There is an interesting article in the Telegraph by Nigel Richardson that talks about his father and his fellows in the battle for Crete in 1941. The German invasion had started on Friday, 20 May 1941, as we know. One of those killed on 22 May 1941, which we have been reviewing, was a British spy, John Pendlebury. He had been an archaeologist and had the personal peculiarity of having a glass eye. Nigel Richardson was a member of the Northumberland Hussars. He had been evacuated from Greece when the campaign there was being wound down and the troops withdrawn. He ended up at Suda Bay, where many other soldiers were dropped by the navy.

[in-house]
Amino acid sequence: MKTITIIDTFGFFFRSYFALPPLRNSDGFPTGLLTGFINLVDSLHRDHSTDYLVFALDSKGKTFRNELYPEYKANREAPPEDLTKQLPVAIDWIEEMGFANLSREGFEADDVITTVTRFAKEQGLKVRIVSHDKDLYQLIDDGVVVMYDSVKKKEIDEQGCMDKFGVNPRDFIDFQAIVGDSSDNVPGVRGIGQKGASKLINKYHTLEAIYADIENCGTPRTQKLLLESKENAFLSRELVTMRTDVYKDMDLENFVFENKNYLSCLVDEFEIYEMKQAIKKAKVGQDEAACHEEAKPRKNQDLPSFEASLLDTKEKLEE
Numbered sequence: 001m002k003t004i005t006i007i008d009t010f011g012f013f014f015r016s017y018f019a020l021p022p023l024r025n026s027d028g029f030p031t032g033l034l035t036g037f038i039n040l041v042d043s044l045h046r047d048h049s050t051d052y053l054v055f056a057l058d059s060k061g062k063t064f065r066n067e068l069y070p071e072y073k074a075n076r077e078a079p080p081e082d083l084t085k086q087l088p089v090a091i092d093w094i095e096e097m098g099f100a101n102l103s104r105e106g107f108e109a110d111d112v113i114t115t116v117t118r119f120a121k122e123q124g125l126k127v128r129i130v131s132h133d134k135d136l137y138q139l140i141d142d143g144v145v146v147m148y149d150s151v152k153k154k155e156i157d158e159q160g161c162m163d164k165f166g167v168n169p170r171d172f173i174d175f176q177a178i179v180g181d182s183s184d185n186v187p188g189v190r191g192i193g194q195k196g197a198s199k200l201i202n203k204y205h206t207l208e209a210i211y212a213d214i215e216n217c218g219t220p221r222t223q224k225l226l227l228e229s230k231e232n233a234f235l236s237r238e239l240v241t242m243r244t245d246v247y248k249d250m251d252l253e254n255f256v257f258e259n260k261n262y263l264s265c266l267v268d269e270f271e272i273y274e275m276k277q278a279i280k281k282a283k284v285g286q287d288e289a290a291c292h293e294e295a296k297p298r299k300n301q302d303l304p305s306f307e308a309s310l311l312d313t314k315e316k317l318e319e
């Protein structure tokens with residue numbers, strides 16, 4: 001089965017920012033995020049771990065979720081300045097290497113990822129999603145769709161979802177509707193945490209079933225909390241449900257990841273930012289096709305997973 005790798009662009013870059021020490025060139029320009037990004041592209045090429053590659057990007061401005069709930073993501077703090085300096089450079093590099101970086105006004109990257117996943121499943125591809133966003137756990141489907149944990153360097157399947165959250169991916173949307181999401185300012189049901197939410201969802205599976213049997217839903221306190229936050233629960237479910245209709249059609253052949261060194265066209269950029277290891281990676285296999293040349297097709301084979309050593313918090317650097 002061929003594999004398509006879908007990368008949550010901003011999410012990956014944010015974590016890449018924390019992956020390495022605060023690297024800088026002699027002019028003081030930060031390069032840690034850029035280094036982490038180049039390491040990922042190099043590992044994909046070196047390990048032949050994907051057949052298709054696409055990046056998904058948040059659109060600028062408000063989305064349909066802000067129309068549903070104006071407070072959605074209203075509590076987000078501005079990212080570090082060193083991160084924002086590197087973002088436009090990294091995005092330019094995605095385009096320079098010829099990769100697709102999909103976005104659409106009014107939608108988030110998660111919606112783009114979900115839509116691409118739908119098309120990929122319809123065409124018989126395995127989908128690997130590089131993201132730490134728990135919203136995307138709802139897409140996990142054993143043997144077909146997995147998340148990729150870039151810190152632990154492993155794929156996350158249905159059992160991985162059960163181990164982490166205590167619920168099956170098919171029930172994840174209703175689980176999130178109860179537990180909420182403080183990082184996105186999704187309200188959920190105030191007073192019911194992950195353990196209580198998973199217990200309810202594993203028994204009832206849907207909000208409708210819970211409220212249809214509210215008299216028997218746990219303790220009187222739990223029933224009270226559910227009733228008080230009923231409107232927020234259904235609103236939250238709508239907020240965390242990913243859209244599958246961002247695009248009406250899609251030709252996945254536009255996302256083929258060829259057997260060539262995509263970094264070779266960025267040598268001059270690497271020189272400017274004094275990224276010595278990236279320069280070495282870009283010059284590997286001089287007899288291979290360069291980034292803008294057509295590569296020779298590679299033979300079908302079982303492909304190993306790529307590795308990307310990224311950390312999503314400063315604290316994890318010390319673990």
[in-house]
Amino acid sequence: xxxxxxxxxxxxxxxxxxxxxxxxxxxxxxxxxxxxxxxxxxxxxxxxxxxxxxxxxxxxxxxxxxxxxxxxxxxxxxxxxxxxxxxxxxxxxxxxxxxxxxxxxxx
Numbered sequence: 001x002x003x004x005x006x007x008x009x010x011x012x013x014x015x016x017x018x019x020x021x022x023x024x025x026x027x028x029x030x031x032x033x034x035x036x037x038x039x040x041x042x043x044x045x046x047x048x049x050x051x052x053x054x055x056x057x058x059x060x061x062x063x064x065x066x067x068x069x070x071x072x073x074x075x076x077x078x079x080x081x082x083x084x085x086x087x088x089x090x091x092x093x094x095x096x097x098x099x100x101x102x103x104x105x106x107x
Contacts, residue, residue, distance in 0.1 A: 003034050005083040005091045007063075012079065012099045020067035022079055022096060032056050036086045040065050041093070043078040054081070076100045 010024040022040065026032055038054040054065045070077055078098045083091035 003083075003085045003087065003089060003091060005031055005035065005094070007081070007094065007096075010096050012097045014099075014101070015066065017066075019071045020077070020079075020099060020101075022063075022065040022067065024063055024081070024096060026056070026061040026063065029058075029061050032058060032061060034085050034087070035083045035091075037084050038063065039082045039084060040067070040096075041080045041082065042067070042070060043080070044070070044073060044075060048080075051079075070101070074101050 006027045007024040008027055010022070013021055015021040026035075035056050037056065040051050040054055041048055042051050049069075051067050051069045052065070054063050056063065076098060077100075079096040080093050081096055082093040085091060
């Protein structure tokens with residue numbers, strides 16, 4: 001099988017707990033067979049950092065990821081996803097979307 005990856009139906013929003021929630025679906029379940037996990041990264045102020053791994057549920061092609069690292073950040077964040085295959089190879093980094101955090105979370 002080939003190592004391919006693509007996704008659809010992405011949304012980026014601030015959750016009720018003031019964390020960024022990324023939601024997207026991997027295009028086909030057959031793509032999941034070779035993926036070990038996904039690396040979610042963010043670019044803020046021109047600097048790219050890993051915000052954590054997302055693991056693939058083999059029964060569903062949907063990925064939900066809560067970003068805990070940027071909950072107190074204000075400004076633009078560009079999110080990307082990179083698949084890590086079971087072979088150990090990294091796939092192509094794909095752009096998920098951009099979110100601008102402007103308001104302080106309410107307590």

Nigel Richardson notes that the area of Hill 107 has been a German cemetery. Hill 107 was the place abandoned by Lt-Colonel Andrew's battalion when they were in the process of collapse after being attacked while unsupported by the 5th New Zealand Brigade. The New Zealanders are commemorated by a street at Galatas named the Neozilandon Polemiston. At one spot in an alley, there is a gate made from a piece of a British tank.
Nigel Richardson's father made his way to Sfakia, as the battle gave way to withdrawal. He was one of the about 5,000 men who were left behind to be taken prisoner by the Germans. He spent about four years as a prisoner of war in Germany. This is based on Nigel Richardson's article and what we know from Vol.II of the Australian Official History.